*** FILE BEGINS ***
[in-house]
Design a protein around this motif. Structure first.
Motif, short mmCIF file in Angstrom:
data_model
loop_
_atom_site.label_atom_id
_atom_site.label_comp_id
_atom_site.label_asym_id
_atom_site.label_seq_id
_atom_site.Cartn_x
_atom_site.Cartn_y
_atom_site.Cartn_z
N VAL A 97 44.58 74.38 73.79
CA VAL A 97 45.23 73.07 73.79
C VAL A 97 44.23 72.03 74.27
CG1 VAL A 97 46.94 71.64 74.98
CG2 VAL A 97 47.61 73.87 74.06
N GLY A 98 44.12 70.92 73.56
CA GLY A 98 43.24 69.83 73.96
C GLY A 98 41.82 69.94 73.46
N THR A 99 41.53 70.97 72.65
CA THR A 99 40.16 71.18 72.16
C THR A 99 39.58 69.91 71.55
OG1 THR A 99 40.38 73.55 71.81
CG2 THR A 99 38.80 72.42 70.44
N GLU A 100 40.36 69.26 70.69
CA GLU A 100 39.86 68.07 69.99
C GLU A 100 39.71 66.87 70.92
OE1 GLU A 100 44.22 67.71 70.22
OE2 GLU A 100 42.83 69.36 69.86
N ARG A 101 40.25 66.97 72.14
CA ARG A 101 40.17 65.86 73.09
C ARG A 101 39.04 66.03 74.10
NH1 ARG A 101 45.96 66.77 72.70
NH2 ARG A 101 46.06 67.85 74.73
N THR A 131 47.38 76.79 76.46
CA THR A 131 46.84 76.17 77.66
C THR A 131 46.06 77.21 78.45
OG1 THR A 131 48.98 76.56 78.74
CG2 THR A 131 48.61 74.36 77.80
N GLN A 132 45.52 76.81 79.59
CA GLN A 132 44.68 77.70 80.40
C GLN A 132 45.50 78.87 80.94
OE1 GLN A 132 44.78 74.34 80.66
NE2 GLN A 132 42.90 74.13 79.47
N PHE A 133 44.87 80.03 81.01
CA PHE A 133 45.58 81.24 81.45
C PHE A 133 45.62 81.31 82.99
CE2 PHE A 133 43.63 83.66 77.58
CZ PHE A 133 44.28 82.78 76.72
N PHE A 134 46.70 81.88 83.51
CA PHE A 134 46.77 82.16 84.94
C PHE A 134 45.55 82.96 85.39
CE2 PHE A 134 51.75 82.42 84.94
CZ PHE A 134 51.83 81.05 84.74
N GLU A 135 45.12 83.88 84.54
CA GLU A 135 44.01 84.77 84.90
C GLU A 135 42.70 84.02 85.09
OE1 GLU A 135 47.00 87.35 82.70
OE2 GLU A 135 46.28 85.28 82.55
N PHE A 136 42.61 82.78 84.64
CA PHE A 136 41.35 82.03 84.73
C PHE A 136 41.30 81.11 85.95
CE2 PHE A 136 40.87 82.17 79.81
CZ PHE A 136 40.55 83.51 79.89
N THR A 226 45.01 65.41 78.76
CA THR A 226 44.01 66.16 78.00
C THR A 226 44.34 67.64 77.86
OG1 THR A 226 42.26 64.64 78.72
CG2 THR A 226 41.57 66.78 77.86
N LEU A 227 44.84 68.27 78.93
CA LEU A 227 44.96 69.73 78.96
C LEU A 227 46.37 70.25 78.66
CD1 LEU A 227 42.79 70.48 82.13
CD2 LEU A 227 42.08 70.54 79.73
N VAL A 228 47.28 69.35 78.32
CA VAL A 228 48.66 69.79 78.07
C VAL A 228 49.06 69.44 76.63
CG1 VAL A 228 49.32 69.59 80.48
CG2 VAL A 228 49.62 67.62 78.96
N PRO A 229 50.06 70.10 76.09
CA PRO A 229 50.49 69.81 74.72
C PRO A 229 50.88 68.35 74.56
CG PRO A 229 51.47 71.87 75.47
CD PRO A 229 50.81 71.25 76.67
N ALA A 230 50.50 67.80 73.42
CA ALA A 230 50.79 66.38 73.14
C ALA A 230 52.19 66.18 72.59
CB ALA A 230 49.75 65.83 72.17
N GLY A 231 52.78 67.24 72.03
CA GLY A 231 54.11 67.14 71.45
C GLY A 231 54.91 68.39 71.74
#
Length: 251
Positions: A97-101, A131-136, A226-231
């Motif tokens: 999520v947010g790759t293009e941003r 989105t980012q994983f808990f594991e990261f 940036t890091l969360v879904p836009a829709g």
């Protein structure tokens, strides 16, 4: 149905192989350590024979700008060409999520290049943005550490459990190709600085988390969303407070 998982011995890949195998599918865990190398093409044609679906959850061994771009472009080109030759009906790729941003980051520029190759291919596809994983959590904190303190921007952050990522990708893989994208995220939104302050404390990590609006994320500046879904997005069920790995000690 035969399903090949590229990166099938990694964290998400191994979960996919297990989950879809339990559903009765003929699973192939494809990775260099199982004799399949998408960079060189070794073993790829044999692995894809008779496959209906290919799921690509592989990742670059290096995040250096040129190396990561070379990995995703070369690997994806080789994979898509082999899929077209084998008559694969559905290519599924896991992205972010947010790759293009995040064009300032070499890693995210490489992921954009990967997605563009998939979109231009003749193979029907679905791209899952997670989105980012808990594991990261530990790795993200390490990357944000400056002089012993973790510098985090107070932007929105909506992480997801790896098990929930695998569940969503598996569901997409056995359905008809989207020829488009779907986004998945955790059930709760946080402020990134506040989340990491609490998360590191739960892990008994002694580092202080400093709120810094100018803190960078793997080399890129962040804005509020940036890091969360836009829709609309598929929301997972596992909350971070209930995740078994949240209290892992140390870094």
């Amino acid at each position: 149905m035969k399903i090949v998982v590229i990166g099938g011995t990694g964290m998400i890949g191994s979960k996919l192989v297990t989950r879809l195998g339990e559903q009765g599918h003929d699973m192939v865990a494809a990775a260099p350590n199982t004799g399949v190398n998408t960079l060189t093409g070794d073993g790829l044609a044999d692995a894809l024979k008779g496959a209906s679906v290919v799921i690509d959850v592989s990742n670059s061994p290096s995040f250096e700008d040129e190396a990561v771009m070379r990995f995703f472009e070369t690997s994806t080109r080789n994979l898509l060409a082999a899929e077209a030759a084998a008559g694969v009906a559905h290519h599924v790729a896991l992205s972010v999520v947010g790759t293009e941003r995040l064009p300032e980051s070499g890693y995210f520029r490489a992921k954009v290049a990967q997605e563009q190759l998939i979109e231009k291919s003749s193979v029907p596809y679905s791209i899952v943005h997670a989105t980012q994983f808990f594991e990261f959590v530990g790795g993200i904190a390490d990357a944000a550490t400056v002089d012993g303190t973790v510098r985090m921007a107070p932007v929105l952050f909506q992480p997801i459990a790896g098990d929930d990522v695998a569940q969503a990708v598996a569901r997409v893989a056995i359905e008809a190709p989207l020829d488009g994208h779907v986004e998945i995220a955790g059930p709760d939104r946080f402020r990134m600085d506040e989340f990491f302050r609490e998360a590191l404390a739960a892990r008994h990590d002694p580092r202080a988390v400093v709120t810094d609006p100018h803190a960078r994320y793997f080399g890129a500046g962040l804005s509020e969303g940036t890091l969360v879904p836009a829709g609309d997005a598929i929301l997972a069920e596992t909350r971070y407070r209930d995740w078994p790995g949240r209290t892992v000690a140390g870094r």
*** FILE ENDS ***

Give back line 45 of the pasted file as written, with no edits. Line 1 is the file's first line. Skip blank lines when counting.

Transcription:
NE2 GLN A 132 42.90 74.13 79.47